Read This: Eliza Cook & The Old Arm-Chair

Earlier I waxed both nostalgic and hopefully elegant(ly) about the Book of Knowledge.

Here’s one of the many poetic gems inside that also speaks to nostalgia. I don’t know anything about Eliza Cook, but I sure like what she wrote.

First stanza:

“I LOVE it, I love it; and who shall dare
To chide me for loving that old arm-chair?
I’ve treasured it long as a sainted prize;
I’ve bedewed it with tears, and embalmed it with sighs.
‘Tis bound by a thousand bands to my heart;
Not a tie will break, not a link will start.
Would ye learn the spell ? —a mother sat there;
And a sacred thing is that old arm-chair.”


“The Old Arm-Chair” by Eliza Cook, from the Book of Knowledge (1939 ed).

Full poem here if the picture doesn’t work well for you.

Cool Stuff: The Book of Knowledge

I am the first to admit I am sometimes awash in nostalgia. eBay has helped me get much closer to things I used to have.

But when funds (and space) run out, those long-term memories remain.

It’s easier when they’re still in front of you, of course.

The Book of Knowledge

Since before I was born, I’ve had a set of encyclopedias that are more than encyclopedias: The Book of Knowledge.

I can say this because this particular set is from 1939 and they were in the house before I got there. Yet they are mine all the same.


The Book of Knowledge, 1939. This is Vol 9, by the way.

The Book of Knowledge is an encyclopedia set for children. In fact, it says so right on the flyleaf: “The Children’s Encyclopedia.” But you shouldn’t let that stop you.

Inside each volume are Departments, among them the Earth, Stories and Legends, Literature, The Fine Arts, Men and Women, and Poetry and Rhymes, an example of which appears below. And these are but a few of the goodies you’ll find.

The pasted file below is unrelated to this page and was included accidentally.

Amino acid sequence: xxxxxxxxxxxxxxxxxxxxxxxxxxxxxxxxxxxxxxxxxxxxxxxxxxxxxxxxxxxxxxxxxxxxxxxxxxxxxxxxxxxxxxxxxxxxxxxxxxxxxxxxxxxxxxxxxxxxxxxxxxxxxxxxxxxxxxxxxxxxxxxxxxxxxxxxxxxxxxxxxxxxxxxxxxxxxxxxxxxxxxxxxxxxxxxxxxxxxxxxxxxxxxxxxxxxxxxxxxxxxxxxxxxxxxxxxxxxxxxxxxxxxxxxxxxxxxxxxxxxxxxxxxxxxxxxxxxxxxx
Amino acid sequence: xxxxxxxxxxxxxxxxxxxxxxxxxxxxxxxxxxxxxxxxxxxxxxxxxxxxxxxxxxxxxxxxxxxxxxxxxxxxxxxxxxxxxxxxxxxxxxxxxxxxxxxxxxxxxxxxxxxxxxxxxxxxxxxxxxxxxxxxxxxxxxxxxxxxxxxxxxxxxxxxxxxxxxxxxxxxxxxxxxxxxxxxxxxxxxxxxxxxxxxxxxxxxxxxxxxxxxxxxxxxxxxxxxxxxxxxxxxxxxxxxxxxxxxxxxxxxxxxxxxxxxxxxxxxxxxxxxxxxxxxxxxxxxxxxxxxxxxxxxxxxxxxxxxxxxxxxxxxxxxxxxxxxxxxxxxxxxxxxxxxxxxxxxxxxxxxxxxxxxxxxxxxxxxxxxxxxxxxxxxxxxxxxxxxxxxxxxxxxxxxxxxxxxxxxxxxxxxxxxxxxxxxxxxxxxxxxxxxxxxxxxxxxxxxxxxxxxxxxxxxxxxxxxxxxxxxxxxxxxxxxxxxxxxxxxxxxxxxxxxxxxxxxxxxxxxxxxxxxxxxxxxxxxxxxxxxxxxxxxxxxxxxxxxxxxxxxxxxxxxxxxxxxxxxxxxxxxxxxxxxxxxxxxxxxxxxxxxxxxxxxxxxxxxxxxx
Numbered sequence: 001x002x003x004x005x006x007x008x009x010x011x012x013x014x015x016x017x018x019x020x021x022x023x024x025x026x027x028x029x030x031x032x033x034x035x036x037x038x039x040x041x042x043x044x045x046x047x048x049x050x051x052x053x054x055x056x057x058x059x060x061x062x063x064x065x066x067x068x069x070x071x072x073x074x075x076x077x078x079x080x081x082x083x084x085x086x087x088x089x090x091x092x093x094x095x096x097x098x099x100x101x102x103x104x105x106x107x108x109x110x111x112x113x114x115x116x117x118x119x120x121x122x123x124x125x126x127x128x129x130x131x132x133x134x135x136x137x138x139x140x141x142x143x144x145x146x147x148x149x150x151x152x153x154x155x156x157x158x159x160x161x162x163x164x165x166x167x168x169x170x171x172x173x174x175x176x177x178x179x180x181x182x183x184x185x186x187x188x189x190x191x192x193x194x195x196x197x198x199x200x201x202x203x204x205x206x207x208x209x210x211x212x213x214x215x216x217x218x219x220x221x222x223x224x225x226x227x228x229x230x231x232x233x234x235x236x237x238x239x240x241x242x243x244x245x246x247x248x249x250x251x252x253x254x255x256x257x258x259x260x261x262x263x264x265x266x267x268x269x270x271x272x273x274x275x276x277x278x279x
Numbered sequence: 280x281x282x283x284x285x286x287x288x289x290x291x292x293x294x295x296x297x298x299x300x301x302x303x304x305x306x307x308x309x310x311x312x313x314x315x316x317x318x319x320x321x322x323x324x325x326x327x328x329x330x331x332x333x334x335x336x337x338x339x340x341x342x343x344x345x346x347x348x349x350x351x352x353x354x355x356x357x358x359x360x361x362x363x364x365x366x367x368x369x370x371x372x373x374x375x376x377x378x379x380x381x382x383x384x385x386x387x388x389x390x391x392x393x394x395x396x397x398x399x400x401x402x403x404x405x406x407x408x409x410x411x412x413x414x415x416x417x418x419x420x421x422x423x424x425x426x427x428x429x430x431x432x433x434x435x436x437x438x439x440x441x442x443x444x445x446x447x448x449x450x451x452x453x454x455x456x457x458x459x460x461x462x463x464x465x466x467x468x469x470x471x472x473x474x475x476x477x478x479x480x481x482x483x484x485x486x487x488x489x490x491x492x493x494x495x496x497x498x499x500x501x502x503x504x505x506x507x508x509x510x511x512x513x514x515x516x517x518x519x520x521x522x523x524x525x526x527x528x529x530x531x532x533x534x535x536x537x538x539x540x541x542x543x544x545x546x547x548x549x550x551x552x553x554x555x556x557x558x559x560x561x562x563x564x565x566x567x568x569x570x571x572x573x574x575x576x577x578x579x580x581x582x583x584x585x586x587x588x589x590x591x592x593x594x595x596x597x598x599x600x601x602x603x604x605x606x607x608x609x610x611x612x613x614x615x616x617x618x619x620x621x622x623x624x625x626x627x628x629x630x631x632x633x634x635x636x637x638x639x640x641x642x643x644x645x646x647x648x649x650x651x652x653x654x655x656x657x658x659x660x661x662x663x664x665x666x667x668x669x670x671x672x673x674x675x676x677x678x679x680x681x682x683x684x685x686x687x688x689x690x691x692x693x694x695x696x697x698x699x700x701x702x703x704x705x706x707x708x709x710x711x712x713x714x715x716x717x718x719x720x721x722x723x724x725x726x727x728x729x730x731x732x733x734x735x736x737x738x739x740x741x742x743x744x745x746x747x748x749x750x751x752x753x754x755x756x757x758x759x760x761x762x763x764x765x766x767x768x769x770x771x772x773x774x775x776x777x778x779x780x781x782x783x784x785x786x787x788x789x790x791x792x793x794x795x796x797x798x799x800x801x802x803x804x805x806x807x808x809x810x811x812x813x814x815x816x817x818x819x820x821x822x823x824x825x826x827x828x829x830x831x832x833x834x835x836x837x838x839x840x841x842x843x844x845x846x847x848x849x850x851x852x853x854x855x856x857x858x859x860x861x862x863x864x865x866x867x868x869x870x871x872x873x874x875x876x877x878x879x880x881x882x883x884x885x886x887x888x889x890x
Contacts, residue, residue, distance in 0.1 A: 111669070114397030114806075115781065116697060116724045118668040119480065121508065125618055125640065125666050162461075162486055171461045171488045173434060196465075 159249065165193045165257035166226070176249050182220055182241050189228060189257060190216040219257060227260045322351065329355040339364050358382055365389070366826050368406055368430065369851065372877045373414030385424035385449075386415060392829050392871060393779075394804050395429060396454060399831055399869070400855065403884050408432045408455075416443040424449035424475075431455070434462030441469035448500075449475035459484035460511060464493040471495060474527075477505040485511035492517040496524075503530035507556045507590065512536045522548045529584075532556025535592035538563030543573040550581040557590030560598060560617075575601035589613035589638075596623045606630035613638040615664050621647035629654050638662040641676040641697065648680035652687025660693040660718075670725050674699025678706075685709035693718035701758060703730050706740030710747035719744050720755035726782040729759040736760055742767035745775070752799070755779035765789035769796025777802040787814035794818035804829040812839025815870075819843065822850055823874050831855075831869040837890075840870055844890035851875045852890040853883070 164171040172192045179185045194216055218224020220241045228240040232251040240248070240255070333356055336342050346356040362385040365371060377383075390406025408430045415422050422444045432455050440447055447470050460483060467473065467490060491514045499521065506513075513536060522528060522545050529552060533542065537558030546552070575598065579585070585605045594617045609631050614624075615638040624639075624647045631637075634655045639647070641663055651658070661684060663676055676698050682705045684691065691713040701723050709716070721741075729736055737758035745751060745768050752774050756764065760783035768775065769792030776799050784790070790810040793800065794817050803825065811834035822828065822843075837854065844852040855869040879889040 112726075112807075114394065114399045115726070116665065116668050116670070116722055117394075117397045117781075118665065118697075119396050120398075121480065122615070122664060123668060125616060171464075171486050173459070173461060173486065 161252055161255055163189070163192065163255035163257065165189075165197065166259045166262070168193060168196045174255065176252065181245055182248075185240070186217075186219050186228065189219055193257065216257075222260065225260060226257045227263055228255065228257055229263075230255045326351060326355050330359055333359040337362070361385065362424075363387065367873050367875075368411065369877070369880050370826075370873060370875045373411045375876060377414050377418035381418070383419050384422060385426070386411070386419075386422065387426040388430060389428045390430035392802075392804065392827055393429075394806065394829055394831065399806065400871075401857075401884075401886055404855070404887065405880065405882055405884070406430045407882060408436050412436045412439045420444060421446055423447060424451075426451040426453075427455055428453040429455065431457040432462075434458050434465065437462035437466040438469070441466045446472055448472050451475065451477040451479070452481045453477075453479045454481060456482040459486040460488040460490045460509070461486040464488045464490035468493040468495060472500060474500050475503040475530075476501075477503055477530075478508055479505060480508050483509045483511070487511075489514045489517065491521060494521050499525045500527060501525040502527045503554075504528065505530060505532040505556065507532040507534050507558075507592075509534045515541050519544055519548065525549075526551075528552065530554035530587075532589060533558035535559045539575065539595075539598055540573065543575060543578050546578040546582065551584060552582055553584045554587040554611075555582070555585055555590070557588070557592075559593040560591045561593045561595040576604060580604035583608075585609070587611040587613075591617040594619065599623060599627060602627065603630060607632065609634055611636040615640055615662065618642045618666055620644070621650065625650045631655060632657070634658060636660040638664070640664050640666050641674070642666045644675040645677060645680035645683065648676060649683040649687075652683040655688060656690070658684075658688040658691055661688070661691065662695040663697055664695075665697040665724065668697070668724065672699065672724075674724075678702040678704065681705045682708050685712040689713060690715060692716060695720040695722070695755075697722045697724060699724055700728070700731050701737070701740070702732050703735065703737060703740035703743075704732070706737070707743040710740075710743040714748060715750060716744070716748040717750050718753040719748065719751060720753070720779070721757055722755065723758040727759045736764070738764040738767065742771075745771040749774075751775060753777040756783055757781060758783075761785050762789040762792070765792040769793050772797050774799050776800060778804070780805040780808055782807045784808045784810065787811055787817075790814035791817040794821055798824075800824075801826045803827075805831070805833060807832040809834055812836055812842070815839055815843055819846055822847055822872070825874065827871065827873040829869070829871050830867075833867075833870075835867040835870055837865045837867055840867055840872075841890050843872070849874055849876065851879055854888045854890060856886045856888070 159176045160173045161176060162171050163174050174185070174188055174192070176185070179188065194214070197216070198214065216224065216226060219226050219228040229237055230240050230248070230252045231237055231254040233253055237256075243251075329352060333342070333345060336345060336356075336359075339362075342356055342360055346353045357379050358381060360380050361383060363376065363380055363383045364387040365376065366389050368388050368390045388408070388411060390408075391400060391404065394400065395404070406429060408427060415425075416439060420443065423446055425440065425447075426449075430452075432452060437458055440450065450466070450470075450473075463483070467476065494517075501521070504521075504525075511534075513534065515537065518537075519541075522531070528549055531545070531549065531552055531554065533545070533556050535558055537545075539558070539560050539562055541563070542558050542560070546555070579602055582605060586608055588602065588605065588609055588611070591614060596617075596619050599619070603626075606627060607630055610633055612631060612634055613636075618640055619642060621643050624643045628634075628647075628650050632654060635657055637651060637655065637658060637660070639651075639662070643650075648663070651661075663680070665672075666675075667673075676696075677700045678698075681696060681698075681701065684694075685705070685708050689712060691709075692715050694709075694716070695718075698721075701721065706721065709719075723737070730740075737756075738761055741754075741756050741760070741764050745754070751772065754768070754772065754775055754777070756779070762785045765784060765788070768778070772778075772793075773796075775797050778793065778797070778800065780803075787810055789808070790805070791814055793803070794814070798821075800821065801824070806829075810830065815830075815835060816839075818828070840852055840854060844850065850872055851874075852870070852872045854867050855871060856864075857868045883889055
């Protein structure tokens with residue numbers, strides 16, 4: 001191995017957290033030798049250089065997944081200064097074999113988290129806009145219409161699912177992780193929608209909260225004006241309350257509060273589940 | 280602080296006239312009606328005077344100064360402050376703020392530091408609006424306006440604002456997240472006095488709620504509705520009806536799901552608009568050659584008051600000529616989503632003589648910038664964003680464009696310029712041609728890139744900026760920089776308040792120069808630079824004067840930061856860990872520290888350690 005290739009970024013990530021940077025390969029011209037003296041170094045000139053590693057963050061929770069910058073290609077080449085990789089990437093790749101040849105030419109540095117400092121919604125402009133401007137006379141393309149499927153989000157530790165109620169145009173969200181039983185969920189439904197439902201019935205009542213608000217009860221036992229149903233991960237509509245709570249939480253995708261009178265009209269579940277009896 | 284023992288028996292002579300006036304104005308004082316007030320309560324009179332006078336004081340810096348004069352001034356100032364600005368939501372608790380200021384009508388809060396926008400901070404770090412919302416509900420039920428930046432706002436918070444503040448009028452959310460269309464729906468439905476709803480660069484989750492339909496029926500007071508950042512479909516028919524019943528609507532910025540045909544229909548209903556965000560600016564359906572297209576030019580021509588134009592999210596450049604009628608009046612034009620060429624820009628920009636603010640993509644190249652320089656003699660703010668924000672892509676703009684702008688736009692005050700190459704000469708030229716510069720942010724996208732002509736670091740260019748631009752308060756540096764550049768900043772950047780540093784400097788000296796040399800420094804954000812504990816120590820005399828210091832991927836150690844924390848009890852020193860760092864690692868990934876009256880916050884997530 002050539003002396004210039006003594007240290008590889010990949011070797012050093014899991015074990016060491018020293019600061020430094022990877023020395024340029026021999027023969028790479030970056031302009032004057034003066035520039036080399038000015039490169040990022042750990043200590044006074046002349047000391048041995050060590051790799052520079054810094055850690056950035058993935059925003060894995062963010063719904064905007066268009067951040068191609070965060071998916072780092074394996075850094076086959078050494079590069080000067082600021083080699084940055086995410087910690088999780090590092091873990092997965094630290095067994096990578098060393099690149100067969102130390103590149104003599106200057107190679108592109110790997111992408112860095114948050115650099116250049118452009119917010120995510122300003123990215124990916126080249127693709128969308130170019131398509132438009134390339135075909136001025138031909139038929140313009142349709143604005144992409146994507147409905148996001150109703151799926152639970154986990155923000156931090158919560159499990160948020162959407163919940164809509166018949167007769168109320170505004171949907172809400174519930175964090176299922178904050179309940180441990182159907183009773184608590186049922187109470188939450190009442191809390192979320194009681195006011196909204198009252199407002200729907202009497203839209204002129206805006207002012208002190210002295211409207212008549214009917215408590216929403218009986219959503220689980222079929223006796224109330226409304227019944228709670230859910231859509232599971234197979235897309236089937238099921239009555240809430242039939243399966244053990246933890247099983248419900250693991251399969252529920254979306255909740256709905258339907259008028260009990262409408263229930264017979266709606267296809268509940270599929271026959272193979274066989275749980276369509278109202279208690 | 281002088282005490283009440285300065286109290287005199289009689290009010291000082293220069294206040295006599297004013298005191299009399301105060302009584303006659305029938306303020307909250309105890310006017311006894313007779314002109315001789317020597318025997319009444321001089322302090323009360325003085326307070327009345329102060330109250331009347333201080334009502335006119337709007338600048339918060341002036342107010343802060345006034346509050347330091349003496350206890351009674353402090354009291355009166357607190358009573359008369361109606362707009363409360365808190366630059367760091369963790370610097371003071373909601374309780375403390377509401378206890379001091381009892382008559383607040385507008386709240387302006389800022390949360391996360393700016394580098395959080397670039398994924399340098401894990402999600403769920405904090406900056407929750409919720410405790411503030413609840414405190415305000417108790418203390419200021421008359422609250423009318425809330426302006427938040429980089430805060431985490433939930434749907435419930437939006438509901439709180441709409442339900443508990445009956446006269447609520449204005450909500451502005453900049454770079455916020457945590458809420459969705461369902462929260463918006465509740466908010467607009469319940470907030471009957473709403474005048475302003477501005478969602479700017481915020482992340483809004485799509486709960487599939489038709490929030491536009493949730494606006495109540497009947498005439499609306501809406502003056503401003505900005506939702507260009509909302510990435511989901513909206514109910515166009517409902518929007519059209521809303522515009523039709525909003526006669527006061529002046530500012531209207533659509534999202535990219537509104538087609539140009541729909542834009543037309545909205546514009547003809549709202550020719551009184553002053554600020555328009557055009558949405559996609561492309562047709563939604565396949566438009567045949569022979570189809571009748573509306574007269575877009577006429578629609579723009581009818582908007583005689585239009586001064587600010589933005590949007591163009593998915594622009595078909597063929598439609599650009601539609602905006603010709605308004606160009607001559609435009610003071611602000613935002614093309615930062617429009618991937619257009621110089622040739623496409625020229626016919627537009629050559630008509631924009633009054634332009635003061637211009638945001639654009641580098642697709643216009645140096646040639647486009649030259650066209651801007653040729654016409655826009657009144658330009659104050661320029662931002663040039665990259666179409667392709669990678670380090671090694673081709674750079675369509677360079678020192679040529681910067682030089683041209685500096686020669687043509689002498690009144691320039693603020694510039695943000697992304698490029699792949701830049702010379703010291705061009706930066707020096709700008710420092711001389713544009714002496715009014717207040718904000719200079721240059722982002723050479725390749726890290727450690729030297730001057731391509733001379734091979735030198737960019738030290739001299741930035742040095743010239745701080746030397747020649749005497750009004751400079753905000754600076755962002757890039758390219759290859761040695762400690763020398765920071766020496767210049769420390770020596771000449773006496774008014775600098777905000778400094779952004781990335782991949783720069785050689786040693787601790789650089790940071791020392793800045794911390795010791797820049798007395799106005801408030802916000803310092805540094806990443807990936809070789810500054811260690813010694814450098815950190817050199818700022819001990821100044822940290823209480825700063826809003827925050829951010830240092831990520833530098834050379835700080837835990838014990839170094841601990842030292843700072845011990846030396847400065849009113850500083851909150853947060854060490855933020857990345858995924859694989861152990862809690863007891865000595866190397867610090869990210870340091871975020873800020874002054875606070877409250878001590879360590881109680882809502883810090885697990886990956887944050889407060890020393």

“The Goblin Market” by Christina Rossetti.

As you turn the pages, you are taken from Book to Book within the covers, fetching up with awe-inspiring vistas…


…to a section entitled “Things to Make and Things to Do”…


…to famous books and enchanting illustrations reproduced for your ease and pleasure.


The Knave of Hearts.


There’s even a “Book of Wonder” that answers children’s questions as best as the editors can. We’re still looking for answers to some of these.


Imagine growing up with all that as a kid.

I can close my eyes and picture their rendition of the Hanging Gardens of Babylon. I can remember when my mom needed to learn touch-typing, and I had just come across an illustrated guide on how to do exactly that.

I also remember exclaiming to my dad that in the index, they referred to World War I as simply The World War. Just early enough to still believe it was the war to end all wars.

The feeling I have with these books is one of unlocking a treasure trove, though no currency could replace their value.

And I was quite spoiled for “regular” encyclopedias. Where was all the fun stuff? The musings? The crafts? Mmph!

I can’t be the only one with something like this saved through the years.

What are you hanging onto that makes you happy?


University Jealousy

I’m jealous of my alma mater.